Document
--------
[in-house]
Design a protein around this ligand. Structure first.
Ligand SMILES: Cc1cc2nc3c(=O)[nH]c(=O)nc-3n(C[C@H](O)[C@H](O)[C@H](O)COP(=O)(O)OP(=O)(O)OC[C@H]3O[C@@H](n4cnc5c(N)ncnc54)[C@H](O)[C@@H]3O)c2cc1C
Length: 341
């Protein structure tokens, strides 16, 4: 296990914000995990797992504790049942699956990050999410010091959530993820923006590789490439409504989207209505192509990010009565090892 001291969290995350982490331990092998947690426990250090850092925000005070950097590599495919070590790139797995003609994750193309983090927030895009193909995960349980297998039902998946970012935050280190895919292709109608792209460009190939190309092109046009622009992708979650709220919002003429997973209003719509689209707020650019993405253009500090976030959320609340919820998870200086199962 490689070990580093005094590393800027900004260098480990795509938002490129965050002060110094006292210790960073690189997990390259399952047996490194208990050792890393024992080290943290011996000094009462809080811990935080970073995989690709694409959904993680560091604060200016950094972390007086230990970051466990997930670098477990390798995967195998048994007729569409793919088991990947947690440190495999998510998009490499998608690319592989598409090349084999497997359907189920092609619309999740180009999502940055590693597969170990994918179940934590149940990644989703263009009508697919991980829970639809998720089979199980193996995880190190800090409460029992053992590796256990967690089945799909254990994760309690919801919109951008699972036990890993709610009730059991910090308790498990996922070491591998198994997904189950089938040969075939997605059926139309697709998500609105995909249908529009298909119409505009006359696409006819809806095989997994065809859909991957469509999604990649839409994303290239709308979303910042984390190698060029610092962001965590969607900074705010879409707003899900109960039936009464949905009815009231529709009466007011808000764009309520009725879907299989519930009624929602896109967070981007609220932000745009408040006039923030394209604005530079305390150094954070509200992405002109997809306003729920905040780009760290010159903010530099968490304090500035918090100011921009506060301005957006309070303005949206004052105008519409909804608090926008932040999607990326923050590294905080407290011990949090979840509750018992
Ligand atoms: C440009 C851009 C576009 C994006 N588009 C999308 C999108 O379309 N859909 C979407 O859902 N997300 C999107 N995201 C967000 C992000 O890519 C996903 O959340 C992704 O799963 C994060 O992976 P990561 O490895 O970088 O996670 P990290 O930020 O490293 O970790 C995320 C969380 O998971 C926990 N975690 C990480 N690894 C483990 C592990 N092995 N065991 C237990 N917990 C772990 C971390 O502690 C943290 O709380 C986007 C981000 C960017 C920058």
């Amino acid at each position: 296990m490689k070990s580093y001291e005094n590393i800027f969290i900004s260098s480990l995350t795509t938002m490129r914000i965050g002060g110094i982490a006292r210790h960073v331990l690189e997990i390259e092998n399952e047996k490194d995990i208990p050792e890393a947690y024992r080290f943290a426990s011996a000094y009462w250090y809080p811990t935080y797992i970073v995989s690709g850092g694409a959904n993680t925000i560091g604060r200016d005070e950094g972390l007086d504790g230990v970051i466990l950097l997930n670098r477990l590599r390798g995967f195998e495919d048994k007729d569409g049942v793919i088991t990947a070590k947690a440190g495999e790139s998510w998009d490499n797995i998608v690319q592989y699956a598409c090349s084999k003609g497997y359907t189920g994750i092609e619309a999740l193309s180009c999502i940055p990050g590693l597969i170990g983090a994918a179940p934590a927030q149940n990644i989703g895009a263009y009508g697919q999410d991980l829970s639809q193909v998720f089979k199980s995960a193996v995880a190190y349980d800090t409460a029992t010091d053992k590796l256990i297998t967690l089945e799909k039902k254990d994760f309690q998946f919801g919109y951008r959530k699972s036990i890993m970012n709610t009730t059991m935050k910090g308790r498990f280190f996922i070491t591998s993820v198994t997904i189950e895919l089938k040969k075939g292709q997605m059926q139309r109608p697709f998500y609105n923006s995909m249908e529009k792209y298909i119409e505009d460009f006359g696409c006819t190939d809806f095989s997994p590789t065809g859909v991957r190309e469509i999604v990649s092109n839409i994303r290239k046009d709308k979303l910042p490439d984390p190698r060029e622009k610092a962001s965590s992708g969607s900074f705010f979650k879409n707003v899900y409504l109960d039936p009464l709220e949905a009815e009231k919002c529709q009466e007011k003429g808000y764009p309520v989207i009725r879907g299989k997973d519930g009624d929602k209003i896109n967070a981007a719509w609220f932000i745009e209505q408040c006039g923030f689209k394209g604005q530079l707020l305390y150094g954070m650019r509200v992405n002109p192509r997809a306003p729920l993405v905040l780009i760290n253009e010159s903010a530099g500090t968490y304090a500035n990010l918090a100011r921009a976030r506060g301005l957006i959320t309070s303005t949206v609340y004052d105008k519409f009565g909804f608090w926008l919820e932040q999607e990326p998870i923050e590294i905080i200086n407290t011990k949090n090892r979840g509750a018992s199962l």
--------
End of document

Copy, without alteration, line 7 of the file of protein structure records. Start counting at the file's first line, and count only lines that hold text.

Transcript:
């Amino acid at each position: 296990m490689k070990s580093y001291e005094n590393i800027f969290i900004s260098s480990l995350t795509t938002m490129r914000i965050g002060g110094i982490a006292r210790h960073v331990l690189e997990i390259e092998n399952e047996k490194d995990i208990p050792e890393a947690y024992r080290f943290a426990s011996a000094y009462w250090y809080p811990t935080y797992i970073v995989s690709g850092g694409a959904n993680t925000i560091g604060r200016d005070e950094g972390l007086d504790g230990v970051i466990l950097l997930n670098r477990l590599r390798g995967f195998e495919d048994k007729d569409g049942v793919i088991t990947a070590k947690a440190g495999e790139s998510w998009d490499n797995i998608v690319q592989y699956a598409c090349s084999k003609g497997y359907t189920g994750i092609e619309a999740l193309s180009c999502i940055p990050g590693l597969i170990g983090a994918a179940p934590a927030q149940n990644i989703g895009a263009y009508g697919q999410d991980l829970s639809q193909v998720f089979k199980s995960a193996v995880a190190y349980d800090t409460a029992t010091d053992k590796l256990i297998t967690l089945e799909k039902k254990d994760f309690q998946f919801g919109y951008r959530k699972s036990i890993m970012n709610t009730t059991m935050k910090g308790r498990f280190f996922i070491t591998s993820v198994t997904i189950e895919l089938k040969k075939g292709q997605m059926q139309r109608p697709f998500y609105n923006s995909m249908e529009k792209y298909i119409e505009d460009f006359g696409c006819t190939d809806f095989s997994p590789t065809g859909v991957r190309e469509i999604v990649s092109n839409i994303r290239k046009d709308k979303l910042p490439d984390p190698r060029e622009k610092a962001s965590s992708g969607s900074f705010f979650k879409n707003v899900y409504l109960d039936p009464l709220e949905a009815e009231k919002c529709q009466e007011k003429g808000y764009p309520v989207i009725r879907g299989k997973d519930g009624d929602k209003i896109n967070a981007a719509w609220f932000i745009e209505q408040c006039g923030f689209k394209g604005q530079l707020l305390y150094g954070m650019r509200v992405n002109p192509r997809a306003p729920l993405v905040l780009i760290n253009e010159s903010a530099g500090t968490y304090a500035n990010l918090a100011r921009a976030r506060g301005l957006i959320t309070s303005t949206v609340y004052d105008k519409f009565g909804f608090w926008l919820e932040q999607e990326p998870i923050e590294i905080i200086n407290t011990k949090n090892r979840g509750a018992s199962l």